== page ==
Gilles and Poirier lead the Canadian contingent competing at Skate Canada International
It’s been two years since Canadians Piper Gilles and Paul Poirier stood on the podium at Skate Canada International after winning gold.
When the second stop on the Grand Prix circuit begins this week, the 29-year-old ice dancers will enter not only as the reigning champions of 2019 – the 2020 iteration has been cut due to the pandemic – but also with a medal. bronze at the world championships to their names.
“To start the Grand Prix feels good. I think we’ve put so much work and effort into the last couple of weeks.… I think we’re starting to feel like we’re in this perfect place to be. succeed, ”said Gilles.
Skate Canada, which takes place in Vancouver from October 29 to 31, will also see figure skating fans filling the arena. The duo are delighted to feed off this energy again, although some of them are no longer used to it.
“I think the challenge at Skate Canada… will be just to manage our energy so that we don’t get over-excited by the buzz in the building,” said Poirier.
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The team have been meticulous in fine-tuning their skates after reaching first place this season at the Autumn Classic International.
Heading into the circuit and the Olympics, both men say they’ve changed the “flavor” of their programs with new transitions and dynamic lifts. They are delighted to share their rhythmic dance of Elton John and “Long and Winding Road” for free, as well as the heart behind the pieces.
“Our love for skating and performance has never wavered. I think that’s the feeling we want to convey and so while ‘the road’ might be history, I think what we want really shining is our love of our craft and what we do, ”said Poirier.
They will be joined by two other Canadian teams, both of whom played in the Fall Classic.
Haley Sales and Nikolas Wamsteeker of Canada finished sixth while Marjorie Lajoie and Zachary Lagha finished ahead of them in fourth place. Lajoie and Lagha also finished seventh in the Finlandia Trophy.
Meanwhile, a Canadian trio also compete in the men’s singles, including Keegan Messing, Roman Sadovsky and Conrad Orzel.
Messing was the only Canadian to have squeaked in a skate at the Grand Prix last year. The 29-year-old performed to heavy applause at Skate America, which he said was “like someone has taken all the bass out of your favorite song.”
The skater said he got a taste of “what we forgot” with the live crowd in Finlandia in early October, where he finished fourth.
Along with the excitement of competing alongside his teammates again, he also brings sentimentality to the ice as a new dad, with his son, Wyatt, inspiring his Phillip Phillips’ long ‘Home’ program.
This may be the last or penultimate season for Messing – a season he says he intends to compete in the Olympics and world championships.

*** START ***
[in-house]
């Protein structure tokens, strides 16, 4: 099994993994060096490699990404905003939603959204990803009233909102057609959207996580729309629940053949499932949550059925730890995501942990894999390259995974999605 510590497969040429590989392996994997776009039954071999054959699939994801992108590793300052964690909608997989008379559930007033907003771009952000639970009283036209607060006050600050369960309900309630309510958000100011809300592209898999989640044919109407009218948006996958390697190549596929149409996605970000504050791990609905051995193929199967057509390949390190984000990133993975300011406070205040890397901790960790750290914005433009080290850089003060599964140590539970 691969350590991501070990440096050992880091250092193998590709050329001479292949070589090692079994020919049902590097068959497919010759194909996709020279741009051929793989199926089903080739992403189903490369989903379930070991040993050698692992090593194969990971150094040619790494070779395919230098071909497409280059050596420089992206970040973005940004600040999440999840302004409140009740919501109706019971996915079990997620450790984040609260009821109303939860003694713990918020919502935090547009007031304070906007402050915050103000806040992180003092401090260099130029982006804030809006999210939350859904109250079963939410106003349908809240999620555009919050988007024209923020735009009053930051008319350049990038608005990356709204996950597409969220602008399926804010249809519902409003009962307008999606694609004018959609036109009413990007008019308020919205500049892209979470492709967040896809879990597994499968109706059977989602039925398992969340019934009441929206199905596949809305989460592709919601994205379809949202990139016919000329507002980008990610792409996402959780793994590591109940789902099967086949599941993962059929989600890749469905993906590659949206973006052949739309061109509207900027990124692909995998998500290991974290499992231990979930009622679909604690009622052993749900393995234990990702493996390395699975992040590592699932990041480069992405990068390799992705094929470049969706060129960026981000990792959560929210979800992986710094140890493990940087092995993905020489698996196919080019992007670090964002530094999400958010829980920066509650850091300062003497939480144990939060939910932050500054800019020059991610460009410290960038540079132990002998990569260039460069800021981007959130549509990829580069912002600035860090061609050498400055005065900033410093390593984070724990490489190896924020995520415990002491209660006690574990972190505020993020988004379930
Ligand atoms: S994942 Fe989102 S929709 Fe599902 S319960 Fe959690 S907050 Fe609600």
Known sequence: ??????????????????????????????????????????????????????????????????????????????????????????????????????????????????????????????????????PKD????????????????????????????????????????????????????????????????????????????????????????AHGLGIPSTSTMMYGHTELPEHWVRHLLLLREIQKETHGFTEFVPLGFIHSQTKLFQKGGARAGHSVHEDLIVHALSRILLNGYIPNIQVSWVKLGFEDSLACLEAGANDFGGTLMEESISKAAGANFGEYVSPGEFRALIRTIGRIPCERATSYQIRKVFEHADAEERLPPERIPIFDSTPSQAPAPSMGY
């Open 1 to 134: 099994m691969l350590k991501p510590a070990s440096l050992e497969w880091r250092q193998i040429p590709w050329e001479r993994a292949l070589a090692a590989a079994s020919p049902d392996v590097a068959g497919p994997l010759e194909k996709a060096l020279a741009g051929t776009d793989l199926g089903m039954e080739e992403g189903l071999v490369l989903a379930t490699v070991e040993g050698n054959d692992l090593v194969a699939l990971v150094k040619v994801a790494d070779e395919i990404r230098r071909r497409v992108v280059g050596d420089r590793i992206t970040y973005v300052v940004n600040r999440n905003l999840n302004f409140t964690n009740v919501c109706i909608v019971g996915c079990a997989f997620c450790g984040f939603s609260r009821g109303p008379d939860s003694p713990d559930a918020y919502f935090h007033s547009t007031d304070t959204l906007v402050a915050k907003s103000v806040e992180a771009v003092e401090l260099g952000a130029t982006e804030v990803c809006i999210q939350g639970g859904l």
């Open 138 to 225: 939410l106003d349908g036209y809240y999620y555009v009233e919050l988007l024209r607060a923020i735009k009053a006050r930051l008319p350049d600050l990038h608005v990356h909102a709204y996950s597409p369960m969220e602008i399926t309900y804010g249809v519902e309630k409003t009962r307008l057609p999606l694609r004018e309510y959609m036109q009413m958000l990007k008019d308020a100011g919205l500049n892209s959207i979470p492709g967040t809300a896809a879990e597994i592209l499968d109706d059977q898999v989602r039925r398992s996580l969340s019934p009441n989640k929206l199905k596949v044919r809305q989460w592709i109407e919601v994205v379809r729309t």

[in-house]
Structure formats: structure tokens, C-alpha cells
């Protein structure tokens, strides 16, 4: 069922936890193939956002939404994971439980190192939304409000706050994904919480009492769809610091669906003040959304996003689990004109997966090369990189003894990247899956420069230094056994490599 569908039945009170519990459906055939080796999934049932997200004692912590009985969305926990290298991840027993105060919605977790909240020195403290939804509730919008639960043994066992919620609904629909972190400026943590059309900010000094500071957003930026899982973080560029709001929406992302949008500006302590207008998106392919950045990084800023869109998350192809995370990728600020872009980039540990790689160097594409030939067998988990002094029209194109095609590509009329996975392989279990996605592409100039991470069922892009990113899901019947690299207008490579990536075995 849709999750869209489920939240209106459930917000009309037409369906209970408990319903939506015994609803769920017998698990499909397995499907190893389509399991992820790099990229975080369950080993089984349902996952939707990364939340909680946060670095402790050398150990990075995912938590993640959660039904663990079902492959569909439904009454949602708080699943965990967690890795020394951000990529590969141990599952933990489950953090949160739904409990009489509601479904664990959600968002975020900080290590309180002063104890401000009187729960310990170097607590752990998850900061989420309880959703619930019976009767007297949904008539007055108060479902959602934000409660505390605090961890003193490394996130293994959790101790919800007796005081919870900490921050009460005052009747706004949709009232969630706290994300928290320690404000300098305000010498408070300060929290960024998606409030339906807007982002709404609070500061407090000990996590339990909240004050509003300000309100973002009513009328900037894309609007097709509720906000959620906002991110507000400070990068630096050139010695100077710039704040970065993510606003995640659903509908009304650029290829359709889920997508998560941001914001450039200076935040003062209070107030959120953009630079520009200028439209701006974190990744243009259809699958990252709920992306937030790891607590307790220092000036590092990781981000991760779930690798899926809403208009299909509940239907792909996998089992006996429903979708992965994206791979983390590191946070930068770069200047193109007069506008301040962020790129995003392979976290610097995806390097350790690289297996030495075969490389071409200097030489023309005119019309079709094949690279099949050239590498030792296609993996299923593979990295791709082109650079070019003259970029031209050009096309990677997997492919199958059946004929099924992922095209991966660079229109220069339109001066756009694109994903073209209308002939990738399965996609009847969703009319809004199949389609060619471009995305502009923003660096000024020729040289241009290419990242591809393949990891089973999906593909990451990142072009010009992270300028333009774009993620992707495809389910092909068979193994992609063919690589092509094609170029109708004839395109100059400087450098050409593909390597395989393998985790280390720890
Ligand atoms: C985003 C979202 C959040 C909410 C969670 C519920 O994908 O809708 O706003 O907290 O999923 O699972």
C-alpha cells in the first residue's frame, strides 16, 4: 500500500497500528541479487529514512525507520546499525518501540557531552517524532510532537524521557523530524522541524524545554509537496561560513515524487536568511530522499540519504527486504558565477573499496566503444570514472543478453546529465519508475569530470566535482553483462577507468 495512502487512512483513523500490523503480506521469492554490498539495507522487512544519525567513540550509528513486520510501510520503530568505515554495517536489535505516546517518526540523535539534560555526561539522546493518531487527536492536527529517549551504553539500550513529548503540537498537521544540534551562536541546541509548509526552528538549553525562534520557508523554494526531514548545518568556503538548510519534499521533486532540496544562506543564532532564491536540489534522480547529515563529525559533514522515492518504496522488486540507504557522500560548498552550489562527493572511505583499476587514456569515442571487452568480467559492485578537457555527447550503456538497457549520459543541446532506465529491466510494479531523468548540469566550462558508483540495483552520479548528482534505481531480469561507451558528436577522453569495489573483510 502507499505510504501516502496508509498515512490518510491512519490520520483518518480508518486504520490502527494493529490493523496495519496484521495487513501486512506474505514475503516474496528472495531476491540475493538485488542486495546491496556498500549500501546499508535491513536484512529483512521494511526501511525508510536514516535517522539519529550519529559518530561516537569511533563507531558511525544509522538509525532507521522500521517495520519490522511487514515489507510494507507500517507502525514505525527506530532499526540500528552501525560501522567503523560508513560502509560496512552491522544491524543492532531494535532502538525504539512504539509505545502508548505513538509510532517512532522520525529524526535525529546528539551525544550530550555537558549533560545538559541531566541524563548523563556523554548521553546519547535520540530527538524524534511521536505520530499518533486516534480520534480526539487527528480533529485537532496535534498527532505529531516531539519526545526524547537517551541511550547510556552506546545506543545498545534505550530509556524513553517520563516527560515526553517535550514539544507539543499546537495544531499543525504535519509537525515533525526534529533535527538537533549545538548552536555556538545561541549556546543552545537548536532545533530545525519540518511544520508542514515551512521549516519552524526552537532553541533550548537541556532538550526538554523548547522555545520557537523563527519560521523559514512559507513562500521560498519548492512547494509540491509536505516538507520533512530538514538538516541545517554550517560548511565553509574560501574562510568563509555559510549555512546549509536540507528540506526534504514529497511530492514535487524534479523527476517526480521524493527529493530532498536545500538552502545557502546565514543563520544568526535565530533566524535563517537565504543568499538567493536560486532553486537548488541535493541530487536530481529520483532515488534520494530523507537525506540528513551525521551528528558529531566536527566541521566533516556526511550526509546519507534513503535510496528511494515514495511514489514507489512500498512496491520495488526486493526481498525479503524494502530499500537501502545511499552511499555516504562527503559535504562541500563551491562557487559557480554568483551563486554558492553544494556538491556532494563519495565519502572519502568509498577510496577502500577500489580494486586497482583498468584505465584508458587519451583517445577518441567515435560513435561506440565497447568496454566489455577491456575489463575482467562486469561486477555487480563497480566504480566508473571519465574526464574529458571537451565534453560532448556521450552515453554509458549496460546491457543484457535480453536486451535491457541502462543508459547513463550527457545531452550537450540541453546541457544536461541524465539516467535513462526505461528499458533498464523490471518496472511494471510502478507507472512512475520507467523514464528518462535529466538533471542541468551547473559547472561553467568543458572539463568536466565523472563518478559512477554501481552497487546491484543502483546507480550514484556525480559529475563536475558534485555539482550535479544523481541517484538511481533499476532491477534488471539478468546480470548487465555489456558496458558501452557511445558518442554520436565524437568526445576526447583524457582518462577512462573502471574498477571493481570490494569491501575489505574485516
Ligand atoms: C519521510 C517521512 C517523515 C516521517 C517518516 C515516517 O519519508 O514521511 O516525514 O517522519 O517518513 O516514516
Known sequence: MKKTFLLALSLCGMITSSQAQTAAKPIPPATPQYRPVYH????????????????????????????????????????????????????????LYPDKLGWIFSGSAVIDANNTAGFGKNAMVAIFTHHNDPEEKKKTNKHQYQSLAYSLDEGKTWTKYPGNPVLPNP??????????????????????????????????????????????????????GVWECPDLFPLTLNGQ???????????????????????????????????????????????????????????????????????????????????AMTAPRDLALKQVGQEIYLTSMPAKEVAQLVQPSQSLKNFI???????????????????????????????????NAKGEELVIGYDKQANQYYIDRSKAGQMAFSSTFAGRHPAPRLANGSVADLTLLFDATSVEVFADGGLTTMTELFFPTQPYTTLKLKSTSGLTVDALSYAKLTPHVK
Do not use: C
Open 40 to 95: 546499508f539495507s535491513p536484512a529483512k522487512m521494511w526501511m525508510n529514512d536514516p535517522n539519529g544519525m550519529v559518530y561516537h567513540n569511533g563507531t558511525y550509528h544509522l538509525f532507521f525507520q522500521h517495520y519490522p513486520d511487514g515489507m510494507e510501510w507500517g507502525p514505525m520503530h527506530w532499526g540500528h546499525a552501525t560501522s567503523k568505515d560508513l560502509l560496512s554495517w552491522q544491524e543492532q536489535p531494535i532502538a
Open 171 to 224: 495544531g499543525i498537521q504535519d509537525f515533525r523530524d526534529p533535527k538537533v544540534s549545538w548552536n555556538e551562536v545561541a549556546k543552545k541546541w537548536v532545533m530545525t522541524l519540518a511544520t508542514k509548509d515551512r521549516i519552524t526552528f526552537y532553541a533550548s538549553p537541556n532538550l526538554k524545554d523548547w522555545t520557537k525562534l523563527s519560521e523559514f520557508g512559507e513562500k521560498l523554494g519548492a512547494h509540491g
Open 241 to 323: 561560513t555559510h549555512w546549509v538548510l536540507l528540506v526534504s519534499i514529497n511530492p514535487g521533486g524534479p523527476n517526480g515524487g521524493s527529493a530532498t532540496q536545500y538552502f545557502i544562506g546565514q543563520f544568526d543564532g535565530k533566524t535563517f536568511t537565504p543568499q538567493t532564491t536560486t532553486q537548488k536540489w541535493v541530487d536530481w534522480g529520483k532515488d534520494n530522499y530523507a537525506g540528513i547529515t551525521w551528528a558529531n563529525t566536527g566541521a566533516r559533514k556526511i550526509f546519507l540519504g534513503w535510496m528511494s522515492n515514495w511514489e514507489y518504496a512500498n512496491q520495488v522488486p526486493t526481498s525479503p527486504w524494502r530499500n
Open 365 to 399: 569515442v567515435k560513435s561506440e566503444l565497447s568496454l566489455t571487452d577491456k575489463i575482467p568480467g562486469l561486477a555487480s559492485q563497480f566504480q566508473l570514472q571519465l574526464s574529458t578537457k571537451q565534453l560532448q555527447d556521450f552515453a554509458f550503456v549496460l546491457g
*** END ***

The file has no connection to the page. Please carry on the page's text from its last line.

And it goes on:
For the first time since 2018, Nathan Chen will enter after leaving a competition where he reached the podium, but did not win gold.
The three-time world champion will compete in back-to-back events after winning bronze at Skate America. Fellow American Jason Brown, who won gold at Finlandia, will also make his series debut, as will Russian Alexander Samarin, who finished on the podium in the 2019 Grand Prix final.
Schizas of Canada to make their Grand Prix debut
On the women’s singles side, Canadian Madeline Schizas is making her Grand Prix debut.
The 18-year-old from Oakville, Ont., Said she soaks up the experience of learning to perform in a tough field – she finished fifth at the Cranberry Cup and set a personal best free in Finlandia for the ninth.
“The level of women’s skating has been really high recently,” she said. “We started from where a mistake or two is acceptable, to clean up [skate] being a minimum.
“I do my best when competing against tough competitors. “
Schizas won the 2021 Skate Canada Virtual Challenge and is the 2020 National Bronze Medalist.
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The Canadian says she has used the pandemic to increase the technical content of her program amid the lack of competition.
Canada’s Emily Bausback, 2020 national champion, and silver medalist Alison Schumacher, are also on the field.
They will face powerful Russian skaters Elizaveta Tuktamysheva, reigning world silver medalist, and Alena Kostornaia, who won the Grand Prix final in 2019. American Karen Chen, who finished fourth at the world championships, will also compete in the competition.
Three Canadian teams also make up almost half of the competition in pairs. Kirsten Moore-Towers and Michael Marinaro are the reigning 2019 silver medalists, returning from a sixth place finish at the world championships.
The Canadians started their competitive season with an eighth place finish at Finlandia.
In front of them in fifth place were new partners Eric Radford and Vanessa James.
Radford is also suffering from a knee injury from Finlandia, suffered in the free after being kicked by James on their triple toes side by side.
“One of our main goals is to continue on the momentum and progression that we gain every day and every time we come out of competition,” said James, adding that while the expectations come from themselves and others, they just hope to take the opportunity to skate again.
“We want to do our best and get our best result, but when we get on the ice that’s not what we have in mind. And if there is a time when we can get on the podium, it will be just a bonus addition, ”Radford said.
Lori-Ann Matte and Thierry Ferland round out the Canadian contingent, which will face fierce competition, including Chinese Sui Wenjing and Han Cong – two-time world champions, 2018 Olympic silver medalists and gold medalists in the final of the Grand Prize 2019.